Gawker Says Hampden Is the Williamsburg of Baltimore

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Hampden's Baby New Year Bob Hosler flanked by Margaret Baird (left) and Kathy Flann (right)
Hampden’s Baby New Year Bob Hosler flanked by Margaret Baird (left) and Kathy Flann (right)

Maybe this just goes to show that trying to determine the most Williamsburg-ish neighborhood in every major city in the United States is a meaningless exercise, or maybe it goes to show that I am way off on what I think of as “Williamsburg-ish.”

Because why not, Gawker conducted a readers poll to decide which neighborhood in a given city is its “Williamsburg” and which its “Bushwick.” Apparently, our Williamsburg (Brooklyn’s soon-to-be-former hip artist enclave) is Hampden, and our Bushwick (Brooklyn’s current hip artist enclave) is Station North.

With all due respect to the Gawker commenters who voted for Hampden, the comparison is far from apt. Sure, Hampden is plenty artsy, and you can pay too much for a burger there, but as gentrified as it is, it still shows — at least superficially — its quirky, working-class roots. Overly ornamented lawns, townies shouting “Putcher coad awn!,” and even the occasional swastika-tattooed skinhead are sighted to this day in the neighborhood.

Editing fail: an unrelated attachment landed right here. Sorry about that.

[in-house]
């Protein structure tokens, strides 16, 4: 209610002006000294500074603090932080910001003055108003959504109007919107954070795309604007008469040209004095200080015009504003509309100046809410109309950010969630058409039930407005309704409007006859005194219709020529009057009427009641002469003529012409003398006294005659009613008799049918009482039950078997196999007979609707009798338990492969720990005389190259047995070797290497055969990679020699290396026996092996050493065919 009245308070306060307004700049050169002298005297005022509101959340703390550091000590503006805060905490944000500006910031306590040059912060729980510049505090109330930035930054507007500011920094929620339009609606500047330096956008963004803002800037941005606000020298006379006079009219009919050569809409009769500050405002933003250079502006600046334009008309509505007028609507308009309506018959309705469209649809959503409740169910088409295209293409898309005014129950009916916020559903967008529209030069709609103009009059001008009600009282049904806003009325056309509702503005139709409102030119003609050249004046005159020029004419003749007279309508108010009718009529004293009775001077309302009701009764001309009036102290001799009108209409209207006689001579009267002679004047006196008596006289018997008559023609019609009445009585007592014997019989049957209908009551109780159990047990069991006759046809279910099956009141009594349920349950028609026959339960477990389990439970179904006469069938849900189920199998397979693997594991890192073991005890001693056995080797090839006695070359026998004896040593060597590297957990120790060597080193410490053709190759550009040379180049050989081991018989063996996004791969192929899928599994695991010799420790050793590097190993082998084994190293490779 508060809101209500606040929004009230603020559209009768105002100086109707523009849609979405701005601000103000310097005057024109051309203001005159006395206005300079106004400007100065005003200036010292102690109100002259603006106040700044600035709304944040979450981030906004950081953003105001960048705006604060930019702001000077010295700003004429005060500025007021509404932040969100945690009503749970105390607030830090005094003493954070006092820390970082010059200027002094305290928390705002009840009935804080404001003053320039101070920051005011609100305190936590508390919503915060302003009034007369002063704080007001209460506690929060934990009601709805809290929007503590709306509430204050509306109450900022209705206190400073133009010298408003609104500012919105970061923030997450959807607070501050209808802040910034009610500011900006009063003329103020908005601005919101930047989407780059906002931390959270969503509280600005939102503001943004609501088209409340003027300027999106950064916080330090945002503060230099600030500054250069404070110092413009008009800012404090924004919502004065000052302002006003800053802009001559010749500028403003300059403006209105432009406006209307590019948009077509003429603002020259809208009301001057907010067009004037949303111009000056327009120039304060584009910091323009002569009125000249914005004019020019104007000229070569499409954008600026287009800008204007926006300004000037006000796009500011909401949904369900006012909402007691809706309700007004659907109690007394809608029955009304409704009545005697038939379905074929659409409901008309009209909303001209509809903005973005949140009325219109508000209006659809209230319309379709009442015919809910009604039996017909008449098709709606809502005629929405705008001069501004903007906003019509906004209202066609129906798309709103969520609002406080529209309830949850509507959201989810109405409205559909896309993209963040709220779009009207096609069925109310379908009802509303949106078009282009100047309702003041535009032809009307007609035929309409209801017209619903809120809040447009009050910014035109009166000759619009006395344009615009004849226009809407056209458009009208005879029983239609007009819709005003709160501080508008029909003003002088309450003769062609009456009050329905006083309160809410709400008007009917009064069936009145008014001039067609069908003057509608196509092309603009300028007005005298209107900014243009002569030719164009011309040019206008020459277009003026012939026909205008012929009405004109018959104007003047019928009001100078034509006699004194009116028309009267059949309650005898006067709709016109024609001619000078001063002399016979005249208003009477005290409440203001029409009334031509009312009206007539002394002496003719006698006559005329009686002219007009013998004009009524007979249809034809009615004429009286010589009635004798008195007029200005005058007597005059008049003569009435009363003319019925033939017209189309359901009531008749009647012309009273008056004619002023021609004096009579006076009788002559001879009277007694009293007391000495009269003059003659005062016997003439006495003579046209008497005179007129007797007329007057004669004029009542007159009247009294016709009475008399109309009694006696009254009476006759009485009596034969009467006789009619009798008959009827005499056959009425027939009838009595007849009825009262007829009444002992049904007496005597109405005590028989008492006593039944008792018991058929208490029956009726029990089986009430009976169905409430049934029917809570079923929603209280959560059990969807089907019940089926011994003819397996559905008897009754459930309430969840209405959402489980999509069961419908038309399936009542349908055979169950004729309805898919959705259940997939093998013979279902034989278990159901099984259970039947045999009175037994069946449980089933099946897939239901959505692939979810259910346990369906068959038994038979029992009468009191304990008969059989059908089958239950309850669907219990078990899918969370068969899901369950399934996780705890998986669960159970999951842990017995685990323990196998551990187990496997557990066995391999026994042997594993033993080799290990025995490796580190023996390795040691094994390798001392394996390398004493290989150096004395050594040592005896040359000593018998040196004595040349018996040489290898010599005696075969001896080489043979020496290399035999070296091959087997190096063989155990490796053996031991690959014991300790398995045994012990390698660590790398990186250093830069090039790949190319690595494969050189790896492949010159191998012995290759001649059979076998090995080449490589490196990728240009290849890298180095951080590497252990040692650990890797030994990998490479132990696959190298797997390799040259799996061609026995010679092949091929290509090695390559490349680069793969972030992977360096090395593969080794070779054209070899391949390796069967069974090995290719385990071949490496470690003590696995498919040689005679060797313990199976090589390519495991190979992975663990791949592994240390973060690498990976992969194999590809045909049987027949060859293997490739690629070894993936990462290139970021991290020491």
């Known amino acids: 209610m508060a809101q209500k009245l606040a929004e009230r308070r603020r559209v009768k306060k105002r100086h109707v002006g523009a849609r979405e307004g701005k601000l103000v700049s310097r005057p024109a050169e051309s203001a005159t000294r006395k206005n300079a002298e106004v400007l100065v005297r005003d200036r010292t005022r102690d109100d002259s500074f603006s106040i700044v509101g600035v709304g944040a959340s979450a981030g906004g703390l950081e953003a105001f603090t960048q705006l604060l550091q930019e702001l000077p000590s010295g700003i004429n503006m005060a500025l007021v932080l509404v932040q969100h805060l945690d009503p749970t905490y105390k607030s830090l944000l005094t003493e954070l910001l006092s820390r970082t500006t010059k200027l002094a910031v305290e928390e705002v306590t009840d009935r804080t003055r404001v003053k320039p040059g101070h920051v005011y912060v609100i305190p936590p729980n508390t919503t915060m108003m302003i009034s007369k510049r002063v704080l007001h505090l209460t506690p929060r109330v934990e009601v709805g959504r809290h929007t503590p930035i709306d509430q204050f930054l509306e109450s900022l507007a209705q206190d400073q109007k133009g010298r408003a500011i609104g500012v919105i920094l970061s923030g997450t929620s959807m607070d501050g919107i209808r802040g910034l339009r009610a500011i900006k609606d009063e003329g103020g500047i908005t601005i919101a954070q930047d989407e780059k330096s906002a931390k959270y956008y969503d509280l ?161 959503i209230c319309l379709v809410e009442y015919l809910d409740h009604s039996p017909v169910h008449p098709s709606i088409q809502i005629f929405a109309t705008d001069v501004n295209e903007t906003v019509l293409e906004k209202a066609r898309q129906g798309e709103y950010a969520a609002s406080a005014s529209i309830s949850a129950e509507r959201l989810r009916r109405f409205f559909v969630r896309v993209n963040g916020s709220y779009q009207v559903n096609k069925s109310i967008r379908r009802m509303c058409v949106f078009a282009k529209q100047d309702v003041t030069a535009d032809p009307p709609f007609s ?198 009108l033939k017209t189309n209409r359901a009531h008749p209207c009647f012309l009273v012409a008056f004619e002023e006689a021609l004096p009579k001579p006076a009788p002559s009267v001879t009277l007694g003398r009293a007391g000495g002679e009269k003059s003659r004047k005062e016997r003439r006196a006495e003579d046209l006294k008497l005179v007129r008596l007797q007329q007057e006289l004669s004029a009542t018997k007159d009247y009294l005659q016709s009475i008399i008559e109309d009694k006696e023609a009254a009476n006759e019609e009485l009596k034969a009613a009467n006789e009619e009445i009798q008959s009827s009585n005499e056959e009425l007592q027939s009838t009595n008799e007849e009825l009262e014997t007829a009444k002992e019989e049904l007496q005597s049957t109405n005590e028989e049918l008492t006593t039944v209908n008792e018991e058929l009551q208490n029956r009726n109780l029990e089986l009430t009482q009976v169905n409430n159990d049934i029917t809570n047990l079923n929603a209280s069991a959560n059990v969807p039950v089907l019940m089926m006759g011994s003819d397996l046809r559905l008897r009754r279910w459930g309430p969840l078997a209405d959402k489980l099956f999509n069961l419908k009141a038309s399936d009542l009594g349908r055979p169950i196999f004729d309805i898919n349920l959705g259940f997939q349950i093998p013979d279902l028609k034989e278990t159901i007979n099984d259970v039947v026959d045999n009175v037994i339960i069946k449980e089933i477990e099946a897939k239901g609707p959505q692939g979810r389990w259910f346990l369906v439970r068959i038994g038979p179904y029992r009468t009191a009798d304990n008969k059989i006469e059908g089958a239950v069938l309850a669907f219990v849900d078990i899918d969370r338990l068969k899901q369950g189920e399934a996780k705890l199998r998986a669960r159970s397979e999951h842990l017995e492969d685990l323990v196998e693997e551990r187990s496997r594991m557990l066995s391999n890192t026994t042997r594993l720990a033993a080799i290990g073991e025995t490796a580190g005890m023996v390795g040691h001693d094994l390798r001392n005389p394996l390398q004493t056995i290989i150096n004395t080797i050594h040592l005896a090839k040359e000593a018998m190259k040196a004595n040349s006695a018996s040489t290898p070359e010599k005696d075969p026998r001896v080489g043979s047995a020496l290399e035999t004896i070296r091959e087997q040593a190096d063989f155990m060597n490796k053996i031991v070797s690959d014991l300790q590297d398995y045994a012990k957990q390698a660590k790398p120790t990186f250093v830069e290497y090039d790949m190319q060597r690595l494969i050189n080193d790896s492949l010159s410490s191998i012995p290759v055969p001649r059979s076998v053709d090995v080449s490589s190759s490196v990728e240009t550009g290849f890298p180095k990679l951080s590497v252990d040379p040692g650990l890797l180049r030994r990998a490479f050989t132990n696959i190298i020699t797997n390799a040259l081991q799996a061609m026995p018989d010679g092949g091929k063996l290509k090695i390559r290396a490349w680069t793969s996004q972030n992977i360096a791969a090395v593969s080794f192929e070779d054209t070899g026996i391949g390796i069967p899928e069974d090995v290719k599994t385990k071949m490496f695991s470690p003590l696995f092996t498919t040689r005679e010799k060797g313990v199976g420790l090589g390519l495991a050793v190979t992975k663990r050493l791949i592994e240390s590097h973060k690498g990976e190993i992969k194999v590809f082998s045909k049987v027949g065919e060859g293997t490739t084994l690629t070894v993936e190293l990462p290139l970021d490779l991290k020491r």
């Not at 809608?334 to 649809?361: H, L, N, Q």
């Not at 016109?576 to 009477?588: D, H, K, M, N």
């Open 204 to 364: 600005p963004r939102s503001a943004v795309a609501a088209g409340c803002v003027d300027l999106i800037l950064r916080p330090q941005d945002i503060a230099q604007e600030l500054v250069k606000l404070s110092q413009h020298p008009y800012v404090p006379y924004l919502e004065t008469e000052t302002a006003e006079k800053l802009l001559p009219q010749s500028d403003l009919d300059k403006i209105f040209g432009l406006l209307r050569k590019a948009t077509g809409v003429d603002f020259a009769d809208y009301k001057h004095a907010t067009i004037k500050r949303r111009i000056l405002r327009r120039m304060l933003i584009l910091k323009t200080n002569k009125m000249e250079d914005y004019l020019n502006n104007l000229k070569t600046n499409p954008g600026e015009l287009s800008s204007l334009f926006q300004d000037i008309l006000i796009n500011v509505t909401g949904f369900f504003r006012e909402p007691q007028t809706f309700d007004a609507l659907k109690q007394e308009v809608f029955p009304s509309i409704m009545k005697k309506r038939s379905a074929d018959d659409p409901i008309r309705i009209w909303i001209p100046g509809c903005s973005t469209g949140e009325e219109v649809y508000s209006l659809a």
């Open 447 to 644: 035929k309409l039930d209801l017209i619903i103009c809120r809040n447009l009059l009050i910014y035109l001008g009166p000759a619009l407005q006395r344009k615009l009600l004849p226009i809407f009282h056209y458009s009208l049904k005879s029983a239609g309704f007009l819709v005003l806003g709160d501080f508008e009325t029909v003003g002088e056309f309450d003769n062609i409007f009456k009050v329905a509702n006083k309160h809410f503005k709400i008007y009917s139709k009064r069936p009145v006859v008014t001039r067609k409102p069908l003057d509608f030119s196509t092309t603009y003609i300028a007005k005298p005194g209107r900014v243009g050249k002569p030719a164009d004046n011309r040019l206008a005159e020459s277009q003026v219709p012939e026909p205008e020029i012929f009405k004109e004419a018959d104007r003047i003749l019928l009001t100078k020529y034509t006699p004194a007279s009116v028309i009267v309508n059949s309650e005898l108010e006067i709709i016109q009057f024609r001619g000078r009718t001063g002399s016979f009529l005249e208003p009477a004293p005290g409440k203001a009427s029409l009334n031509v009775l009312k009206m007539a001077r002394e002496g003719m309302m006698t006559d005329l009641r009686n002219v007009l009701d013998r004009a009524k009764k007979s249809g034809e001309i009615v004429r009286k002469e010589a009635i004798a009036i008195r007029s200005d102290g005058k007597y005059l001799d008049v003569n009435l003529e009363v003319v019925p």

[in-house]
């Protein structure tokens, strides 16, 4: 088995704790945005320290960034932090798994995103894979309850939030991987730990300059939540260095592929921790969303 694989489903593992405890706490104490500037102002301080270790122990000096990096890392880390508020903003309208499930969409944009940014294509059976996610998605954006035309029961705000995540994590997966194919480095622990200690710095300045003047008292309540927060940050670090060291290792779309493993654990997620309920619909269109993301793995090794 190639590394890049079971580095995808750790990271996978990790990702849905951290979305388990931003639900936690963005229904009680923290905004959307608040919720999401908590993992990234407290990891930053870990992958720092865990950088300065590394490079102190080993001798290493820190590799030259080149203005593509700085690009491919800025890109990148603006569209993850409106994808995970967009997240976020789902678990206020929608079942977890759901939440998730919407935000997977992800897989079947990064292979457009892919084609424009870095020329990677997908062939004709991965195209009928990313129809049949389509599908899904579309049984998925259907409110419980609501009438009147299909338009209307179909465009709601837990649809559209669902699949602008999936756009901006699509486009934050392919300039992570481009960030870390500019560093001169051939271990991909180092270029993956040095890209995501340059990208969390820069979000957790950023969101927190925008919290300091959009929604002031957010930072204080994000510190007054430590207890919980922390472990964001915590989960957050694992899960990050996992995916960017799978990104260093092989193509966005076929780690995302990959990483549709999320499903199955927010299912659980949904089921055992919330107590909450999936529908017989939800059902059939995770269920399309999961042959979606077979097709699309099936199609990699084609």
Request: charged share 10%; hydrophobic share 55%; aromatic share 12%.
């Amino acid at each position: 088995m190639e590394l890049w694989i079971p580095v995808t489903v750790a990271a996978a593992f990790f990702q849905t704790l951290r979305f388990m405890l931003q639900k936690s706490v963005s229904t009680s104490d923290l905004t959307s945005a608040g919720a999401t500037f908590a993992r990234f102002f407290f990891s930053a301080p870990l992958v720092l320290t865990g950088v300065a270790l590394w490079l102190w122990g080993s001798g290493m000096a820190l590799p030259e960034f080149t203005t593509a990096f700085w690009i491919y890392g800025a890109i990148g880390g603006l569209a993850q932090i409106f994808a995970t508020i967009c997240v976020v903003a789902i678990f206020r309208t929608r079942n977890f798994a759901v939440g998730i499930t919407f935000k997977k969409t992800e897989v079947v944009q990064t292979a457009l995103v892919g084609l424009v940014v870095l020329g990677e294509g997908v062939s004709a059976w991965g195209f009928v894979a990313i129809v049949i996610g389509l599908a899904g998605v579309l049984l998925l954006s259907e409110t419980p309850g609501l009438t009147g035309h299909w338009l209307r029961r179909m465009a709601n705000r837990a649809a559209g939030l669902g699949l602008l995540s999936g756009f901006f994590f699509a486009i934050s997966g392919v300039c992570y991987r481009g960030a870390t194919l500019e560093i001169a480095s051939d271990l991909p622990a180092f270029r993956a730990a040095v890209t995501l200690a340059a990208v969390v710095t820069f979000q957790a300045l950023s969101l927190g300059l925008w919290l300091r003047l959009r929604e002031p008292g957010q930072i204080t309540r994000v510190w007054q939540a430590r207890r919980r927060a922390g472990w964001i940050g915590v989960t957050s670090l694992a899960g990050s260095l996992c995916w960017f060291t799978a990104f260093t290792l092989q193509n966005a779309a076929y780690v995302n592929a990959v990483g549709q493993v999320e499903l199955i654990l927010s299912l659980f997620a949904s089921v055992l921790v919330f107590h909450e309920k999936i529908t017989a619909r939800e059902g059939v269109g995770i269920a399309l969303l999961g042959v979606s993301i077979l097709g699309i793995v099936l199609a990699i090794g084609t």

But, actually, I don’t think any neighborhood in Baltimore really fits the mold of either of these cities. I don’t know any young hip artists in Baltimore who say they’re “done with Hampden” or “so over Mt. Vernon” the way I hear their Brooklyn counterparts complain about their favorite neighborhoods.

Maybe it’s that gentrification is slower down here and the rent is still relatively cheap, or that we’re not so inundated with transplants that we’ve come to resent it, or maybe it’s something else entirely.

But anyway, none of the above, please.



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  1. Geee, many people even think of Brooklyn, NY Williamsburg and not that real one down on the JAMES RIVER. Besides, who cares but a bunch a loonies. As for “gentrification” there are NO neighborhoods in BMORE that are gentrified! That takes place rather immediately with whole scale removal of one population for another. Twenty years plus for a neighborhood to change seems like a life cycle not genrtification!

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